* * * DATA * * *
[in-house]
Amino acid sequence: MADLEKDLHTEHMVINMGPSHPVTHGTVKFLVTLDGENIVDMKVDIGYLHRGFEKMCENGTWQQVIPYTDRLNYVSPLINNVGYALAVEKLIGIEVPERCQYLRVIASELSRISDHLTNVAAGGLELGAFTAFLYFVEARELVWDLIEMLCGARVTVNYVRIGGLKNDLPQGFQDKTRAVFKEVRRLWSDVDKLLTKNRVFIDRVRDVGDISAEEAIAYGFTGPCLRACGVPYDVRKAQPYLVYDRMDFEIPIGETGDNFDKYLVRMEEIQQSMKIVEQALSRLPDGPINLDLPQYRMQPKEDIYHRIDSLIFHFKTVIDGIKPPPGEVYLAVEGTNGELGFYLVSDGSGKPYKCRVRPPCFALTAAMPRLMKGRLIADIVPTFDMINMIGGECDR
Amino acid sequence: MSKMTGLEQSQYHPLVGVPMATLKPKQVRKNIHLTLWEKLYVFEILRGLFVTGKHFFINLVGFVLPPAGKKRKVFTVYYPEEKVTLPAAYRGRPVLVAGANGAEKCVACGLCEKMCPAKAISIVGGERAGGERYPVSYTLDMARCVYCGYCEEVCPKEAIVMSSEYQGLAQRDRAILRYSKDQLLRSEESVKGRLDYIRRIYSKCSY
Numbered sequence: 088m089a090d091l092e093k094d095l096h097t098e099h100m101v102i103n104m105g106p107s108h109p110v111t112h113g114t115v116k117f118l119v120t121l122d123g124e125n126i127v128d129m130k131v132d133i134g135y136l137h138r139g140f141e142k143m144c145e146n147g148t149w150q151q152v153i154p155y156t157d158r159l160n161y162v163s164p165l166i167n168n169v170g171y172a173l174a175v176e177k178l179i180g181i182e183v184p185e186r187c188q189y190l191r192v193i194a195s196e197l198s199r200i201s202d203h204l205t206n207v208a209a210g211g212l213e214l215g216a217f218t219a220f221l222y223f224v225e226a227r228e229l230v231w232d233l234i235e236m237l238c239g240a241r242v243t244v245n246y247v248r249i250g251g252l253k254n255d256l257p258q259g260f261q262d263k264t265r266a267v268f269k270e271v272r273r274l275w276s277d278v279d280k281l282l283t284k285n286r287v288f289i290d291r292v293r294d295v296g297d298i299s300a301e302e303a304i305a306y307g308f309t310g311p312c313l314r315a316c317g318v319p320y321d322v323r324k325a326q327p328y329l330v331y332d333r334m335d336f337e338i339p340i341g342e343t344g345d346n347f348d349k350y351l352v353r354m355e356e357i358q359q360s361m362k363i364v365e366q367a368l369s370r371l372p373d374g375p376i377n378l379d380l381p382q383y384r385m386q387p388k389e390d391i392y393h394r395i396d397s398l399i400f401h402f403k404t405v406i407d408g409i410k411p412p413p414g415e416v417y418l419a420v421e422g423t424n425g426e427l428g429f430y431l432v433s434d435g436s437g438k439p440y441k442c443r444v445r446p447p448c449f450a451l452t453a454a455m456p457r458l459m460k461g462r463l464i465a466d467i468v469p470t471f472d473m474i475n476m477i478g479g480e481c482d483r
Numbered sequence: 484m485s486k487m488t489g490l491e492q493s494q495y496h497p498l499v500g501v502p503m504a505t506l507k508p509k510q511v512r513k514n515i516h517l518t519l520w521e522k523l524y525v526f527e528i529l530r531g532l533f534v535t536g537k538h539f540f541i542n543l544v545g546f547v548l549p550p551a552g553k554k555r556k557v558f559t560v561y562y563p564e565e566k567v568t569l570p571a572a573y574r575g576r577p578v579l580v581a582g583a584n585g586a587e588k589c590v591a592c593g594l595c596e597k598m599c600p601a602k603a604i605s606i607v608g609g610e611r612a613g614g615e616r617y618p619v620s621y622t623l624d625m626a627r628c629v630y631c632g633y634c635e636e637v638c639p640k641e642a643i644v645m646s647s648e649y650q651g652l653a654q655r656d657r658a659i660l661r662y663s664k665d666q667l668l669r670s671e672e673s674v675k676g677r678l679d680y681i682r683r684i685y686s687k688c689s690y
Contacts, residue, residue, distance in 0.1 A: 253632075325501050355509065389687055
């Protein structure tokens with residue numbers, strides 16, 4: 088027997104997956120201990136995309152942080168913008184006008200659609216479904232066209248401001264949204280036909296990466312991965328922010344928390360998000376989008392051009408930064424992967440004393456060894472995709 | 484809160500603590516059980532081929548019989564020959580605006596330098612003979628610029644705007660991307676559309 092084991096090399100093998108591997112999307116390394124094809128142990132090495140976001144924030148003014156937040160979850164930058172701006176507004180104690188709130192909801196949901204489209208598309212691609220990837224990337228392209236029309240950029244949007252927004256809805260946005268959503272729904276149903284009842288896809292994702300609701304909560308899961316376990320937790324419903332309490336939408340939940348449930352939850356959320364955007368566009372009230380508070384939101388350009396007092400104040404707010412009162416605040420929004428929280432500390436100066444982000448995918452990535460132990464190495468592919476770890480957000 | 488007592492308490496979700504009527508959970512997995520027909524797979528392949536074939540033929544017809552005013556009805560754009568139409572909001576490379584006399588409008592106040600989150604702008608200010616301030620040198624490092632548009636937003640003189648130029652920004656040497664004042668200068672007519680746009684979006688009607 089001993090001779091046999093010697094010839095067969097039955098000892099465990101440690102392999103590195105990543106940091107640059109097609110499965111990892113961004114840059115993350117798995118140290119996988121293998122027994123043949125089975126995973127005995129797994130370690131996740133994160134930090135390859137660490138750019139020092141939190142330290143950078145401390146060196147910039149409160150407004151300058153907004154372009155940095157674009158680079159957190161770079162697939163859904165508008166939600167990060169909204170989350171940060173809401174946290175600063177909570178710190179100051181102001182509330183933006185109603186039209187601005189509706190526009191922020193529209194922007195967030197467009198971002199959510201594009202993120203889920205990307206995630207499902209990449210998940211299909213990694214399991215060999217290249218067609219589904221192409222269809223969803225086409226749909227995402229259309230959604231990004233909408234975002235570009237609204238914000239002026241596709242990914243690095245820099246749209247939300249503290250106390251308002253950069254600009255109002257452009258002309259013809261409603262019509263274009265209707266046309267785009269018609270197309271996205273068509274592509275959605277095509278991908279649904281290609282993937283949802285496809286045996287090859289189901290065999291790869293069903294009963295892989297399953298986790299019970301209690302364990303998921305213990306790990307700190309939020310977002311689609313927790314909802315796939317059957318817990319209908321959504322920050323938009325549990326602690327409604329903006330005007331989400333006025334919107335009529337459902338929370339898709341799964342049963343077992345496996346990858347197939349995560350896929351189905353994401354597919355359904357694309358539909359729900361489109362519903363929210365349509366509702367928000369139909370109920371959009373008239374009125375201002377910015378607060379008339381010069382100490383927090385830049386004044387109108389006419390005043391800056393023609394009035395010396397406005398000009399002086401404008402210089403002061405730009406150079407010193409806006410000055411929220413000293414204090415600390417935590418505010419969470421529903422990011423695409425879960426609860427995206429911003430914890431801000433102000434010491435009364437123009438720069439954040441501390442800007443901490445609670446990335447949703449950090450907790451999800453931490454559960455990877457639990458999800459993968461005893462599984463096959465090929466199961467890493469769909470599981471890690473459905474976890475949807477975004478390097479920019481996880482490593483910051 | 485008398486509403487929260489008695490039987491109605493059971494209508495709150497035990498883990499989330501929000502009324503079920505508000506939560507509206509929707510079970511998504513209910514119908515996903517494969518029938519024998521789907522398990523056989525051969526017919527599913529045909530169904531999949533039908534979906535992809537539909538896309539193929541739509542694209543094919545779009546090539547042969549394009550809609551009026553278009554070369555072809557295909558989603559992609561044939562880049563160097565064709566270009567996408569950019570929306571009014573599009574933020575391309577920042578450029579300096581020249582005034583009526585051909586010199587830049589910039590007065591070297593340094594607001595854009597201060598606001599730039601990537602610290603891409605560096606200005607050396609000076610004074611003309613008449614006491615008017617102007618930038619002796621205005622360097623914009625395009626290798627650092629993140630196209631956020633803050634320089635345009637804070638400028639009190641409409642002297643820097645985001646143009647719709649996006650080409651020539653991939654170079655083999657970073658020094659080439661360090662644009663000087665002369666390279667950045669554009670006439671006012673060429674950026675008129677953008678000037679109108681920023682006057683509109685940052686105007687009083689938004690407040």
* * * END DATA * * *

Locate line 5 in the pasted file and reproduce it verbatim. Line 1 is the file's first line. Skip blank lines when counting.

Numbered sequence: 484m485s486k487m488t489g490l491e492q493s494q495y496h497p498l499v500g501v502p503m504a505t506l507k508p509k510q511v512r513k514n515i516h517l518t519l520w521e522k523l524y525v526f527e528i529l530r531g532l533f534v535t536g537k538h539f540f541i542n543l544v545g546f547v548l549p550p551a552g553k554k555r556k557v558f559t560v561y562y563p564e565e566k567v568t569l570p571a572a573y574r575g576r577p578v579l580v581a582g583a584n585g586a587e588k589c590v591a592c593g594l595c596e597k598m599c600p601a602k603a604i605s606i607v608g609g610e611r612a613g614g615e616r617y618p619v620s621y622t623l624d625m626a627r628c629v630y631c632g633y634c635e636e637v638c639p640k641e642a643i644v645m646s647s648e649y650q651g652l653a654q655r656d657r658a659i660l661r662y663s664k665d666q667l668l669r670s671e672e673s674v675k676g677r678l679d680y681i682r683r684i685y686s687k688c689s690y